Service-Disoriented Architecture

“You can have a second computer once you’ve shown you know how to use the first one.” -Paul Barham

The first rule of distributed systems is don’t distribute your system until you have an observable reason to. Teams break this rule on the regular. People have been talking about service-oriented architecture for a long time, but only recently have microservices been receiving the hype.

The problem, as Martin Fowler observes, is that teams are becoming too eager to adopt a microservice architecture without first understanding the inherent overheads. A contributing factor, I think, is you only hear the success stories from companies who did it right, like Netflix. However, what folks often fail to realize is that these companies—in almost all cases—didn’t start out that way. There was a long and winding path which led them to where they are today. The inverse of this, which some refer to as microservice envy, is causing teams to rush into microservice hell. I call this service-disoriented architecture (or sometimes disservice-oriented architecture when the architecture is DOA).

The term “monolith” has a very negative connotation—unscalable, unmaintainable, unresilient. These things are not intrinsically tied to each other, however, and there’s no reason a single system can’t be modular, maintainable, and fault tolerant at reasonable scale. It’s just less sexy. Refactoring modular code is much easier than refactoring architecture, and refactoring across service boundaries is equally difficult. Fowler describes this as monolith-first, and I think it’s the right approach (with some exceptions, of course).

Don’t even consider microservices unless you have a system that’s too complex to manage as a monolith. The majority of software systems should be built as a single monolithic application. Do pay attention to good modularity within that monolith, but don’t try to separate it into separate services.

Service-oriented architecture is about organizational complexity and system complexity. If you have both, you have a case to distribute. If you have one of the two, you might have a case (although if you have organizational complexity without system complexity, you’ve probably scaled your organization improperly). If you have neither, you do not have a case to distribute. State, specifically distributed state, is hell, and some pundits argue SOA is satan—perhaps a necessary evil.

There are a lot of motivations for microservices: anti-fragility, fault tolerance, independent deployment and scaling, architectural abstraction, and technology isolation. When services are loosely coupled, the system as a whole tends to be less fragile. When instances are disposable and stateless, services tend to be more fault tolerant because we can spin them up and down, balance traffic, and failover. When responsibility is divided across domain boundaries, services can be independently developed, deployed, and scaled while allowing the right tools to be used for each.

We also need to acknowledge the disadvantages. Adopting a microservice architecture does not automatically buy you anti-fragility. Distributed systems are incredibly precarious. We have to be aware of things like asynchrony, network partitions, node failures, and the trade-off between availability and data consistency. We have to think about resiliency but also the business and UX implications. We have to consider the boundaries of distributed systems like CAP and exactly-once delivery.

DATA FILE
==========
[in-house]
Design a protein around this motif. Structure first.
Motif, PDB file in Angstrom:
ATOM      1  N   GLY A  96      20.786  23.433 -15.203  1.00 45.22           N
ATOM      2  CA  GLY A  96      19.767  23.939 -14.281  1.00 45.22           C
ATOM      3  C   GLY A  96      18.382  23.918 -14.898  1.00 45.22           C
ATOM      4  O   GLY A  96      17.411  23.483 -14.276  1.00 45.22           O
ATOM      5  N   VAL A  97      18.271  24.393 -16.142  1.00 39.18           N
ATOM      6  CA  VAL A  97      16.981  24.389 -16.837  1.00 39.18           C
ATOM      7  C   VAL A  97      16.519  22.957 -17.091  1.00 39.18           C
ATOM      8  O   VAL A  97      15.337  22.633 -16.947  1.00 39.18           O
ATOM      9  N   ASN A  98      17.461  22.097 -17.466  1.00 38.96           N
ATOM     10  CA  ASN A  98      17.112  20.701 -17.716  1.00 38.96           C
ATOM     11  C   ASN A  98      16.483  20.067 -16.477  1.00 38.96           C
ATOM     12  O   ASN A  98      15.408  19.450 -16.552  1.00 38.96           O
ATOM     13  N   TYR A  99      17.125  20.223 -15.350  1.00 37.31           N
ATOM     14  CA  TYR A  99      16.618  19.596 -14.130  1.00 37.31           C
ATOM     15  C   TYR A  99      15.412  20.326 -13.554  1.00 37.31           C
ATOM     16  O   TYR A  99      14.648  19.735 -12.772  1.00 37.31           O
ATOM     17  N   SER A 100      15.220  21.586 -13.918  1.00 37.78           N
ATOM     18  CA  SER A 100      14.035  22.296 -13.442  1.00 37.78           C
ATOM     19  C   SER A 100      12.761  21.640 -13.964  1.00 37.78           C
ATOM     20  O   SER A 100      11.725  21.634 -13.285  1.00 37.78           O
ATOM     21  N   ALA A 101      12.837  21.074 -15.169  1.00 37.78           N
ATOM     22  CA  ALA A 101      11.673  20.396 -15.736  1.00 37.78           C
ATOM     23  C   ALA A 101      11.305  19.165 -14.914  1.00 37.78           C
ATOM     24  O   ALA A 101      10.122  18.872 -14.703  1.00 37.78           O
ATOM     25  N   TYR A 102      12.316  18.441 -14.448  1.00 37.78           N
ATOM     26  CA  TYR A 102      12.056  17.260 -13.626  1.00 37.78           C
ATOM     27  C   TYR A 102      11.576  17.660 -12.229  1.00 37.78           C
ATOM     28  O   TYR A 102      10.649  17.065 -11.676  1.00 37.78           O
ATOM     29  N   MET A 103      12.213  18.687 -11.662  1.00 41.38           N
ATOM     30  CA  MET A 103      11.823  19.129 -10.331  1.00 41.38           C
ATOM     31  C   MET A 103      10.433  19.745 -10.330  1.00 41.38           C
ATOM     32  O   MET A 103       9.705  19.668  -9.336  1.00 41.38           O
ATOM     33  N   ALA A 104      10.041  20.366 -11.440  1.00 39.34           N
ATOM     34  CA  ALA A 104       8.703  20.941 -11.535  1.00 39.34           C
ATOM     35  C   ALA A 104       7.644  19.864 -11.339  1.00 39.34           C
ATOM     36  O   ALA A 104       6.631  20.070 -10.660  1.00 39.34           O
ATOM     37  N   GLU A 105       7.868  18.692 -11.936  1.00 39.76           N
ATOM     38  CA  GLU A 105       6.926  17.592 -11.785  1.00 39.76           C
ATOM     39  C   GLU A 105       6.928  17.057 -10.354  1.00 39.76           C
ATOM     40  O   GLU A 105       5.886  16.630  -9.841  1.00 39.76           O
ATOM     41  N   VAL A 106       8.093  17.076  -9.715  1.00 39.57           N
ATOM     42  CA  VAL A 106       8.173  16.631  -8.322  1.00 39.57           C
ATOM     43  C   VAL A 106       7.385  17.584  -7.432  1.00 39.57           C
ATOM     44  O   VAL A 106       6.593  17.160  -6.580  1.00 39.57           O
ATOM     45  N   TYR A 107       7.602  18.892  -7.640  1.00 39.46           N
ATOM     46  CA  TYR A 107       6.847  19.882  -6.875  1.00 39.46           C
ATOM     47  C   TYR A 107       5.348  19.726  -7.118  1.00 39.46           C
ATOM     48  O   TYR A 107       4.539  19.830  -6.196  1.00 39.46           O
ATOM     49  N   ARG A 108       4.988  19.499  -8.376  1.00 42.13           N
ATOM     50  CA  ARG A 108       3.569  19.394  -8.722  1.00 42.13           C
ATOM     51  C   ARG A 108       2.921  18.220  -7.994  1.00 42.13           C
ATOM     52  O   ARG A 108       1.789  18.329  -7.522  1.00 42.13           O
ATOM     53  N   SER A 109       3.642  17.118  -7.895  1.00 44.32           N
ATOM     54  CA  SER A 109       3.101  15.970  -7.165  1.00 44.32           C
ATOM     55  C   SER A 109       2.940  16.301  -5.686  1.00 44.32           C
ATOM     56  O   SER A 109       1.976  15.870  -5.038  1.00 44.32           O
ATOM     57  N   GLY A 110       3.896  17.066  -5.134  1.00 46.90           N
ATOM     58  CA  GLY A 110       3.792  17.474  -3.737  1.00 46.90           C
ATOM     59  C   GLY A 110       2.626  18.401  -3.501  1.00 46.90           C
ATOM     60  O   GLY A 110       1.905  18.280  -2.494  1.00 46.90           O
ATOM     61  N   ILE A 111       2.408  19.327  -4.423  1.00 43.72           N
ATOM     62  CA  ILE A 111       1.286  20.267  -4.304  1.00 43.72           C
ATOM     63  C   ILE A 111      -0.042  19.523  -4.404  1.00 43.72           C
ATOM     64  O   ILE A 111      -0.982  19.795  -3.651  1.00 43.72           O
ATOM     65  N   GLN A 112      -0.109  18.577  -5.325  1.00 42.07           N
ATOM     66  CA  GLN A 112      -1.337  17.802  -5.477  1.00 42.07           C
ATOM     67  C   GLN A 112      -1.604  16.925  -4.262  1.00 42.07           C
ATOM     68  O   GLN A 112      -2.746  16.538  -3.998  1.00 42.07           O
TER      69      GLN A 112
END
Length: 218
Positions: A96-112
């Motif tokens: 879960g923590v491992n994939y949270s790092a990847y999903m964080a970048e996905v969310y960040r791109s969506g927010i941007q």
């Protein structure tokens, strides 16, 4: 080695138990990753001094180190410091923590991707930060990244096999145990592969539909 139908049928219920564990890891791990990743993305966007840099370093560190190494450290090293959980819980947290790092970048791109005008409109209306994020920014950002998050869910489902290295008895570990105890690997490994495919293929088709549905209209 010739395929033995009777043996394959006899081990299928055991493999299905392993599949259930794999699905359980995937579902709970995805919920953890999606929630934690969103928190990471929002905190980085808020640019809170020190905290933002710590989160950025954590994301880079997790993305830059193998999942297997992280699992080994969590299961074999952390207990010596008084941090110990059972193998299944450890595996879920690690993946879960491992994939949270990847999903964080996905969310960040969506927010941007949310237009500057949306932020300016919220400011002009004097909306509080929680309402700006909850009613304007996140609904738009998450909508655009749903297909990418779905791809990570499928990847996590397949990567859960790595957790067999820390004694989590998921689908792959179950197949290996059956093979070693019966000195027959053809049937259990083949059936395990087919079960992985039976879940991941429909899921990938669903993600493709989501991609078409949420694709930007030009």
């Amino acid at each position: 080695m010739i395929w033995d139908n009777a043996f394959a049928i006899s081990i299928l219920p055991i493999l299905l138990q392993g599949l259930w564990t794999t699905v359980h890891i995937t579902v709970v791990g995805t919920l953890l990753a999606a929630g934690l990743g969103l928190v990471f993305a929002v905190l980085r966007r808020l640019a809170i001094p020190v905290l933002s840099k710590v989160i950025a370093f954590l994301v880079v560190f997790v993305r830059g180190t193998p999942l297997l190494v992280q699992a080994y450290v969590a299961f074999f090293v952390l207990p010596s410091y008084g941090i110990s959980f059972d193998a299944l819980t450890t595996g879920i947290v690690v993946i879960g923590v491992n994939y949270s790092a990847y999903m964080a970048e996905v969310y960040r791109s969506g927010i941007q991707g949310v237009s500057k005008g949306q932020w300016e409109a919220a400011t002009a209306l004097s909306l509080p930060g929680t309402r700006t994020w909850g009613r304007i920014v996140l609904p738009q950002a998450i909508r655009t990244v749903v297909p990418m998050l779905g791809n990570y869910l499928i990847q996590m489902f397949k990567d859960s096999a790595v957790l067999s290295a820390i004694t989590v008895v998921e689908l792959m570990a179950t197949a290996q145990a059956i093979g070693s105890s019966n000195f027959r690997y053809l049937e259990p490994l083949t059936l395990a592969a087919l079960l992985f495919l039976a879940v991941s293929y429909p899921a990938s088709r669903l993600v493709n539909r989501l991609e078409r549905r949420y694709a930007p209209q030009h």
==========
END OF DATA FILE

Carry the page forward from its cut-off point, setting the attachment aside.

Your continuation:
When distributing, the emphasis should be on resilience engineering and adopting loosely coupled, stateless components—not microservices for microservices’ sake. We need to view eventual consistency as a tool, not a side effect. The problem I see is that teams often end up with what is essentially a complex, distributed monolith. Now you have two problems. If you’re building a microservice which doesn’t make sense outside the context of another system or isn’t useful on its own, stop and re-evaluate. If you’re designing something to be fast and correct, realize that distributing it will frequently take away both.

Like anti-fragility, microservices do not automatically buy you better maintainability or even scalability. Adopting them requires the proper infrastructure and organization to be in place. Without these, you are bound to fail. In theory, they are intended to increase development velocity, but in many cases the microservice premium ends up slowing it down while creating organizational dependencies and bottlenecks.

There are some key things which must be in place in order for a microservice architecture to be successful: a proper continuous-delivery pipeline, competent DevOps and Ops teams, and prudent service boundaries, to name a few. Good monitoring is essential. It’s also important we have a thorough testing and integration story. This isn’t even considering the fundamental development complexities associated with SOA mentioned earlier.

The better strategy is a bottom-up approach. Start with a monolith or small set of coarse-grained services and work your way up. Make sure you have the data model right. Break out new, finer-grained services as you need to and as you become more confident in your ability to maintain and deploy discrete services. It’s largely about organizational momentum. A young company jumping straight to a microservice architecture is like a golf cart getting on the freeway.

Microservices offer a number of advantages, but for many companies they are a bit of a Holy Grail. Developers are always looking for a silver bullet, but there is always a cost. What we need to do is minimize this cost, and with microservices, this typically means easing our way into it rather than diving into the deep end. Team autonomy and rapid iteration are noble goals, but if we’re not careful, we can end up creating an impedance. Microservices require organization and system maturity. Otherwise, they end up being a premature architectural optimization with a lot of baggage. They end up creating a service-disoriented architecture.